This past few years, after a decade or two of research showing that the plastic BPA was likely causing estrogen like and other effects in humans, the FDA finally banned it from baby bottles. The good news was that, seeing a commercial opportunity, many companies that made plastic bottles made the switch to the safer plastic BPS (bisphenol S). Now new BPA free research is showing that BPS is just as bad!
BPA is the main ingredient for making polycarbonate plastics. Any leftover BPA that isn’t consumed in the reaction used to create a plastic container can leach. From there it can enter the body when the container is used. I’ve blogged in the past how BPA may be forcing stem cells to turn to fat instead of bone. BPS was thought to be a good replacement because it was thought to be leach less. If people consumed less of the chemical, the thought was that it would cause no or only minimal harm. However, BPS has now been found in humans based on a recent Chinese study that sampled urine. The overall levels of BPS in Americans has yet to be determined.
We have a few problems in the U.S. that likely involve female hormones that are well documented. First, our young girls are getting their first period earlier (in medical term called menarche). Second, our weight as a society is exploding. While the first is almost certainly due to hormone exposure in the environment, the second likely has many causes including hormones. The problem with many plastics is that they leach chemicals like BPA and BPS that have been shown to act like female hormones (estrogens) in the body by flipping the same receptor switch as the actual hormones.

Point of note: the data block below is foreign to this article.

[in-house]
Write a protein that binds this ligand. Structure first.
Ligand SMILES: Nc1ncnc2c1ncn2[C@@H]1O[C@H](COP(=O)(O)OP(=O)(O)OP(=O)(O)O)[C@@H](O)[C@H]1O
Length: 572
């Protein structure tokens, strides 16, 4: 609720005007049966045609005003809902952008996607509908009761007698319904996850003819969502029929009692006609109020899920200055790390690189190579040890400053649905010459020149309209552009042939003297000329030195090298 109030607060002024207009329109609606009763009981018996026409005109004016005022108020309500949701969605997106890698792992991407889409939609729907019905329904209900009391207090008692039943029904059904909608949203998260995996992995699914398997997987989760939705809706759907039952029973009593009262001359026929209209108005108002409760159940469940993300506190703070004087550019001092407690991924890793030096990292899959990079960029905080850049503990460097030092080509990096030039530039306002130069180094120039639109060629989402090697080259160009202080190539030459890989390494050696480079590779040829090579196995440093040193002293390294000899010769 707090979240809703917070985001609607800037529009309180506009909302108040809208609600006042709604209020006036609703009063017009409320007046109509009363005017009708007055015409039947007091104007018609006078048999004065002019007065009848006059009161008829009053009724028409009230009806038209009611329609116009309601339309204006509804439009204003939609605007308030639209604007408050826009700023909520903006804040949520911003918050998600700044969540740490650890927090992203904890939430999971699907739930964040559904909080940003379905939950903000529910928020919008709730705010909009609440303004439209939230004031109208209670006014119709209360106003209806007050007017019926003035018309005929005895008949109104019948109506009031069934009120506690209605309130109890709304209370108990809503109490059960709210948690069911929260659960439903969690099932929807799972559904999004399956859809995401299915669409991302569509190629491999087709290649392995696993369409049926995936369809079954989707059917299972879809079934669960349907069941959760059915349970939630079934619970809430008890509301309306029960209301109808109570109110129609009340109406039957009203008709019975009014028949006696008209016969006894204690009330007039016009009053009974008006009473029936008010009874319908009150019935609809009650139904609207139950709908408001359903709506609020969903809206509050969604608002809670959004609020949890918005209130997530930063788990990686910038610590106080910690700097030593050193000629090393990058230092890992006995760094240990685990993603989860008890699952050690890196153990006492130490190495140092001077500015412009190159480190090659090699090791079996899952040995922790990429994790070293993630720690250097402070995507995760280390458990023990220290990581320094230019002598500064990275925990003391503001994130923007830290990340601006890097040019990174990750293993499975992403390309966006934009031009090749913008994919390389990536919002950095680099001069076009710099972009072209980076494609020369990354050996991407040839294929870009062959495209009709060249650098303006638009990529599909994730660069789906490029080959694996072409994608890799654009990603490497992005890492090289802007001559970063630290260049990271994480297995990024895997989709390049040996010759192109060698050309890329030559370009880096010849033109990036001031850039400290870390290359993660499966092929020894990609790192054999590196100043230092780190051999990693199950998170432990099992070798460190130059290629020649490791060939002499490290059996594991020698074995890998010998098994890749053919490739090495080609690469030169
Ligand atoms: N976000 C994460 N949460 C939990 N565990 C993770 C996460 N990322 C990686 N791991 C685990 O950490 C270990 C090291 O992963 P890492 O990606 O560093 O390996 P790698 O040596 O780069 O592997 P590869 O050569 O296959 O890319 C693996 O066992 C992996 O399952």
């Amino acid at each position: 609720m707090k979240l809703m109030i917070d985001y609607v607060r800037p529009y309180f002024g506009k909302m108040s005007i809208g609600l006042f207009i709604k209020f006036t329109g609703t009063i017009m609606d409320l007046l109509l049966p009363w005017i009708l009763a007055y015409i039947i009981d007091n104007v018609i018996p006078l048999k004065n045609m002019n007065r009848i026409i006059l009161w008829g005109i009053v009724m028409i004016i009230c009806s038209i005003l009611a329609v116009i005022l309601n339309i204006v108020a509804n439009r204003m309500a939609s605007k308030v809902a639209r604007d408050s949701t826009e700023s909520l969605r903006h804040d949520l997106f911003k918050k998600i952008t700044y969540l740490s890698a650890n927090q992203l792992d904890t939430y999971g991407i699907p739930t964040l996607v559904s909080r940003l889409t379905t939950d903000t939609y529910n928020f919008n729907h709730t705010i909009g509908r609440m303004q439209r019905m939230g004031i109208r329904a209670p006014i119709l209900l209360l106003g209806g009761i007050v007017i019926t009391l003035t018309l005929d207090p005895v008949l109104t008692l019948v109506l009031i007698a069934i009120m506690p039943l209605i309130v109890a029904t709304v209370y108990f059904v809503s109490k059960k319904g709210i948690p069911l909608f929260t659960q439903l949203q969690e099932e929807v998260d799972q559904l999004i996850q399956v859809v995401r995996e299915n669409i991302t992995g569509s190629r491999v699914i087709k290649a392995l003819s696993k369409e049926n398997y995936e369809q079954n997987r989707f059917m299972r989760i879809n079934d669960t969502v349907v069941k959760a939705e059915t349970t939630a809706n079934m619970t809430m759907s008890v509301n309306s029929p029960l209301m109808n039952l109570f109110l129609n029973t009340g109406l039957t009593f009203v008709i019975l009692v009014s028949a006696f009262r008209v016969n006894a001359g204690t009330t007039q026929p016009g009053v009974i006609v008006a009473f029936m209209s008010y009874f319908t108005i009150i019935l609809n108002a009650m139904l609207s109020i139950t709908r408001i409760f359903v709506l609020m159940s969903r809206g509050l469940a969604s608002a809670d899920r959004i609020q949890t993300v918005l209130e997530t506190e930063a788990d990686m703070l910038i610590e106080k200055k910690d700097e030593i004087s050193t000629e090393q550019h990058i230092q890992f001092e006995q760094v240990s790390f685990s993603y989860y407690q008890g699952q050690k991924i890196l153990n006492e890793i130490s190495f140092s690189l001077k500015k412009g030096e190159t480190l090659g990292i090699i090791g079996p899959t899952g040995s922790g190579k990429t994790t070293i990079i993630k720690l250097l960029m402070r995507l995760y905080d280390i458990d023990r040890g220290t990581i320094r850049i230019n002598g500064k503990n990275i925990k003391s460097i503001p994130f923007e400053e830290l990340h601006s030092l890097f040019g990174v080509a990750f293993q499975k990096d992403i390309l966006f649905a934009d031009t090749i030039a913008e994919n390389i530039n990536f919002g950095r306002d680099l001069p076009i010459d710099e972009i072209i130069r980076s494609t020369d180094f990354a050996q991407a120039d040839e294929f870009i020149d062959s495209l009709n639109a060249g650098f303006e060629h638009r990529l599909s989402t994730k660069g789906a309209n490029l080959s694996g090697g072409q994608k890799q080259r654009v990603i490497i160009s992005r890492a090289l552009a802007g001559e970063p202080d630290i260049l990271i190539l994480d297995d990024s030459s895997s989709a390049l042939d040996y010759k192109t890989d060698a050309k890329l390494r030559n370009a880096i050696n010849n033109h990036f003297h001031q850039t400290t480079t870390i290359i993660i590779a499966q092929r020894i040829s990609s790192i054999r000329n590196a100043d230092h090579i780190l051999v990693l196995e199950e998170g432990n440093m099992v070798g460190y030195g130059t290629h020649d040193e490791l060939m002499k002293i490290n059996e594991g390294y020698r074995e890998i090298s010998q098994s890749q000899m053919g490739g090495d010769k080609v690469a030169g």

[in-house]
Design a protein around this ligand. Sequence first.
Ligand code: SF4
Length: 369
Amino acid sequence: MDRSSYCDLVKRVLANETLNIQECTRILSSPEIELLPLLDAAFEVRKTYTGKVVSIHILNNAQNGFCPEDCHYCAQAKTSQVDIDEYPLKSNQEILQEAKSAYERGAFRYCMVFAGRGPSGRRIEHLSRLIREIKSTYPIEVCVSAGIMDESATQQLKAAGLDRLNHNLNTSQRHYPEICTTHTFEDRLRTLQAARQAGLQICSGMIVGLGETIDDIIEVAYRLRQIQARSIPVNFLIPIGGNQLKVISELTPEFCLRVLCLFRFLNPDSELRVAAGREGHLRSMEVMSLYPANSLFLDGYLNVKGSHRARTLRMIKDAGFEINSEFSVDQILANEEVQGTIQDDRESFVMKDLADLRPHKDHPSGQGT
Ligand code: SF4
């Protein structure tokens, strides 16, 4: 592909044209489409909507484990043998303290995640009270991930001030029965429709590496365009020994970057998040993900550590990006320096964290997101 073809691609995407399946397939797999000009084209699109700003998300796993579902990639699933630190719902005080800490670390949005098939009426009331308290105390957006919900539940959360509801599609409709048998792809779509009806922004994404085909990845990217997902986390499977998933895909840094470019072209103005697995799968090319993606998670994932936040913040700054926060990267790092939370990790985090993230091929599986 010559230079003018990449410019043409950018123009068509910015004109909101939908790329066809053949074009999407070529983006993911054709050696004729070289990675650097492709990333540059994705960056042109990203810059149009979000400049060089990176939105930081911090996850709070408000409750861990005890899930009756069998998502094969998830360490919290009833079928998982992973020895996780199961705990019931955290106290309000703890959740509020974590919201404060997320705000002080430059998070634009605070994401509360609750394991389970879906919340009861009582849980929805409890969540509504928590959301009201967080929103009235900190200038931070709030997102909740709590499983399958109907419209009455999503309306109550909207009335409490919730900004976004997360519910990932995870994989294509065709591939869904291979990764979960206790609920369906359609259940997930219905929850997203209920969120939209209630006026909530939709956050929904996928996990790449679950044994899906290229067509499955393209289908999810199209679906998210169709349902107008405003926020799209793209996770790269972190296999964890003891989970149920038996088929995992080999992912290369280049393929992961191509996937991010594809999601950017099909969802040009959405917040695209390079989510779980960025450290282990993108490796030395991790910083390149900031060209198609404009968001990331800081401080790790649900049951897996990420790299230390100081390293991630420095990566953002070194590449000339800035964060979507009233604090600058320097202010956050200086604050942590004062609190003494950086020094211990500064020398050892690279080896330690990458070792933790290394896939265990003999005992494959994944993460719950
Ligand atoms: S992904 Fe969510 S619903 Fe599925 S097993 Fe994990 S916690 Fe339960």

The new research on BPS is broad. One brand new study showed that BPA and BPS may be involved in obesity by flipping certain receptor switches in cells. Another new study just showed that BPS actually binds more ferociously to a common protein in blood than BPA, meaning that once in the blood stream it’s likely to stay. Another new study shows that while BPS activates estrogen receptors less it messes with progesterone receptors more than BPA. Finally, another study of an animal model of a developing fetus showed that BPS reduced testosterone in males, and in both sexes the estrogen levels and thyroid levels were altered.
The upshot? I personally loved the fact that companies were producing bright, shiny new plastic bottles that were “BPA free”. That elation has now turned to continued disgust that we can put a man on the moon, but the FDA and big industry can’t create a plastic bottle that won’t mess with our hormones. More importantly, if you look at the morbidity and mortality due to the obesity explosion, if plastics are responsible for some of that, this is a legitimate public health crisis!